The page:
Hello, angry gamer who remembers when you could buy spend $60 and get the entire game and no one asked you to pay for DLC or loot boxes or battle passes. EA heard your complaints and has delivered what you’ve been asking for: a complete game with no microtransactions, no in-game currency, absolutely no post-purchase monetization whatsoever. If you want new weapons for your ship or new cosmetic items for your pilot, you have to play the game and earn them. You got what you wanted, but at what cost?
The triple-A landscape has irrevocably changed, and while Squadrons lets you relive your X-Wing vs. TIE Fighter glory days from 1997 free of microtransactions, the reality is that the game will ultimately suffer for it in the long run.
If any game was going to go for a nostalgia play in 2020, it makes sense that it would be Squadrons. The core Star Wars fanbase is of an age bracket that happens to intersect with anyone that has ever owned and operated a joystick. Those ’90s Lucasarts games like Rebel Assault and Rogue Squadron are still considered masterpieces by many. Squadrons is clearly going for a particular audience — one that still vehemently opposes microtransactions.
Unfortunately for those of us that either keep up with the times — or blindly follow corporations like lemmings, depending on how you look at it — Squadrons comes to us with far less content, and perhaps longevity, than we’ve come to expect from modern games. It isn’t much of a leap assume that the lack of monetization in the game goes hand in hand with a lack of future support.
For years we’ve been told that loot boxes and battle passes support the games we play and allow the developers to continue creating new content. With no monetization, isn’t it reasonable to assume the game won’t have any post-launch support? That’s how all games worked back in the day. There were no patches, no seasonal events, and no fresh content. Is launch Squadrons the final version of Squadrons?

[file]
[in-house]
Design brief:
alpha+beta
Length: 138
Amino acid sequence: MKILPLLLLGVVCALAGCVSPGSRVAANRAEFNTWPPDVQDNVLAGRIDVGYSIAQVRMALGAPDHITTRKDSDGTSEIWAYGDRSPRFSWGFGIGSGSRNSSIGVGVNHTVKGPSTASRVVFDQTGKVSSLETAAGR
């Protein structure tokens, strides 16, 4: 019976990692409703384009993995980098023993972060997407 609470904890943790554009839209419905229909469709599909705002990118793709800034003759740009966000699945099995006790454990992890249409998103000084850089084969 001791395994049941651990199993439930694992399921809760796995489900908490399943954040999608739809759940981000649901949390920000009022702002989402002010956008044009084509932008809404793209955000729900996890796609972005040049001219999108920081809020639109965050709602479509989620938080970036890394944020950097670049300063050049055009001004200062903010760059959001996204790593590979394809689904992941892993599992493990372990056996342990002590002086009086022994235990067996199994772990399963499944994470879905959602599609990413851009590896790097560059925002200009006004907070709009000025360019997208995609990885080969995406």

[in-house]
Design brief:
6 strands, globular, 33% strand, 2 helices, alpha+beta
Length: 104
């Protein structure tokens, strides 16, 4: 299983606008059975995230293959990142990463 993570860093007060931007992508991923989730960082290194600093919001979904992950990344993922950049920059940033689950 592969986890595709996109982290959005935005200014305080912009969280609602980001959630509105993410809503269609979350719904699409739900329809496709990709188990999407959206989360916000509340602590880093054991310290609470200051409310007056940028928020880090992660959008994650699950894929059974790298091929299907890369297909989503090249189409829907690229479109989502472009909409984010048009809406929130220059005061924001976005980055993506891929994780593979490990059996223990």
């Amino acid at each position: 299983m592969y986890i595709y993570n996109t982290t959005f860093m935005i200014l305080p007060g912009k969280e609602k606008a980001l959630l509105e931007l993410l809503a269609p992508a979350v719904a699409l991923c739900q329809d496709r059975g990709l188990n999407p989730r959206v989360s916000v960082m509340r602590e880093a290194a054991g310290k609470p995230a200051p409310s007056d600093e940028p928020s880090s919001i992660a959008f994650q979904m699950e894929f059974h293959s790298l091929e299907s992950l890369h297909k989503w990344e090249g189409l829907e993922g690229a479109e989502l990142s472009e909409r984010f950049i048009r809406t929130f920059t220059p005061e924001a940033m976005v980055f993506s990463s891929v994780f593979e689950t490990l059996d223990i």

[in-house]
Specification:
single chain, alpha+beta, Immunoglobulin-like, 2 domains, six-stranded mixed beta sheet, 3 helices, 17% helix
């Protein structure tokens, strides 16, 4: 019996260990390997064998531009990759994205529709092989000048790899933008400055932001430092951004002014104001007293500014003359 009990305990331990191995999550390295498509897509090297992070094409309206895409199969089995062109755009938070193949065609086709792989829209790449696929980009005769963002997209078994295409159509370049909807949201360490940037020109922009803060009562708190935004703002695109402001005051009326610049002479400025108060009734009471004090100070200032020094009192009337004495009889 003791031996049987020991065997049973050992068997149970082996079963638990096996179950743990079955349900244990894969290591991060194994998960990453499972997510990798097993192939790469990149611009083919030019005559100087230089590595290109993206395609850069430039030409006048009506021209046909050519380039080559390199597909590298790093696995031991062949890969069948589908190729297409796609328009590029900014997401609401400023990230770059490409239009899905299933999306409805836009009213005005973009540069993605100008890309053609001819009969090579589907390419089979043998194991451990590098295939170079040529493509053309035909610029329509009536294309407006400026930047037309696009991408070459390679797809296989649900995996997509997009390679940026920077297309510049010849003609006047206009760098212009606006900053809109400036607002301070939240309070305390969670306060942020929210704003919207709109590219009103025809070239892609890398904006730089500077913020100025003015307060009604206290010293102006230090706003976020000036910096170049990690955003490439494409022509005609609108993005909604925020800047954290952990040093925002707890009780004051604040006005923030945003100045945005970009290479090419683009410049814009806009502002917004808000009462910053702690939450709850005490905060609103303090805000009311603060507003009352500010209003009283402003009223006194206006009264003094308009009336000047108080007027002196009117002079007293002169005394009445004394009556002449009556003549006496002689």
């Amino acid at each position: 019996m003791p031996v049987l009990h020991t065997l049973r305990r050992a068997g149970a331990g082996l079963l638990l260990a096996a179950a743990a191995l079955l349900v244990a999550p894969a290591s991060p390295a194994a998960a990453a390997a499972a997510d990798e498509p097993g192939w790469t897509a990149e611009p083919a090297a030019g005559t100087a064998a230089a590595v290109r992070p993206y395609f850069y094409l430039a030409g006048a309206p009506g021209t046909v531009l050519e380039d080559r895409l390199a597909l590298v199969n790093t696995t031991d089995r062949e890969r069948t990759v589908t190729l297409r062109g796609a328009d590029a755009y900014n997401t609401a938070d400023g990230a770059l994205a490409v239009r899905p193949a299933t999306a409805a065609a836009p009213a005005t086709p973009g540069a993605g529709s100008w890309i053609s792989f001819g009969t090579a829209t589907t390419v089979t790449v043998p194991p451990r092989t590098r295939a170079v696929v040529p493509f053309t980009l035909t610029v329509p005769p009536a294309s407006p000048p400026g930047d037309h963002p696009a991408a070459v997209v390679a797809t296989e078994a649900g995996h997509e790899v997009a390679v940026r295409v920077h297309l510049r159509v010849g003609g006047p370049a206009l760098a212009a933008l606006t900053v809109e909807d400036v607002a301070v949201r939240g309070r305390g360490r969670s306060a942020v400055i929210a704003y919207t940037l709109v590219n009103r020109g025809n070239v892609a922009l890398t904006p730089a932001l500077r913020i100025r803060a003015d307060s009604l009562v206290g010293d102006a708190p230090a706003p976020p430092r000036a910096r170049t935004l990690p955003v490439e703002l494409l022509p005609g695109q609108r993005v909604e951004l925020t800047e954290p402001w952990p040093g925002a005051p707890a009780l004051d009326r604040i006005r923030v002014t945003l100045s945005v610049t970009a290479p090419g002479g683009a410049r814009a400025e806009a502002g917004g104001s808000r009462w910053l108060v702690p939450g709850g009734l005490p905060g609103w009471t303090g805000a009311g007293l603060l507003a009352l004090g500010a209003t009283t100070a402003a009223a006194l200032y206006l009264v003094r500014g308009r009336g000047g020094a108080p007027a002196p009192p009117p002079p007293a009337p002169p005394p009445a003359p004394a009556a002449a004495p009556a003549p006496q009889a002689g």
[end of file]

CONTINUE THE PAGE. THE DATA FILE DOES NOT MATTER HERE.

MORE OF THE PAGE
For a multiplayer PvP game, that would be a death sentence. A player base needs fresh content to stay healthy. Maybe the nostalgia crowd will have their fun and move on and EA will be satisfied with the game’s ROI and that will be it. I think that would be a shame, frankly.
It might have to be that way, though. Suppose Squadrons has a ton of awesome support for the next few years: new maps, new game modes, new cosmetics to unlock – how are we going to feel the next time we’re asked to buy a battle pass? It wouldn’t be in EA’s best interest to support Squadrons with new content.
For what it’s worth, I hope Squadrons has a strong player base for years to come. I’m having a blast with it and would love to make it part of my multiplayer rotation, but I also know that if it doesn’t have a big seasonal event to bring a mass of players back every once in a while, there simply won’t be any players at all sooner rather than later. I don’t want microtransactions to be some kind of necessary evil, but at this point, it’s pretty evident they are – at least for matchmade games.
If you’re planning to pick it up, I’d suggest staying away from Competitive Mode in Star Wars: Squadrons for now – it’s a disaster.
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Eric Switzer is the Livestream News Editor for TheGamer as well as the lead for VR and Tech. He has written about comics and film for Bloody Disgusting and VFXwire. He is a graduate of University of Missouri – Columbia and Vancouver Film School. Eric loves board games, fan conventions, new technology, and his sweet sweet kitties Bruce and Babs. Favorite games include Destiny 2, Kingdom Hearts, Super Metroid, and Prey…but mostly Prey. His favorite Pokémon is Umbreon.
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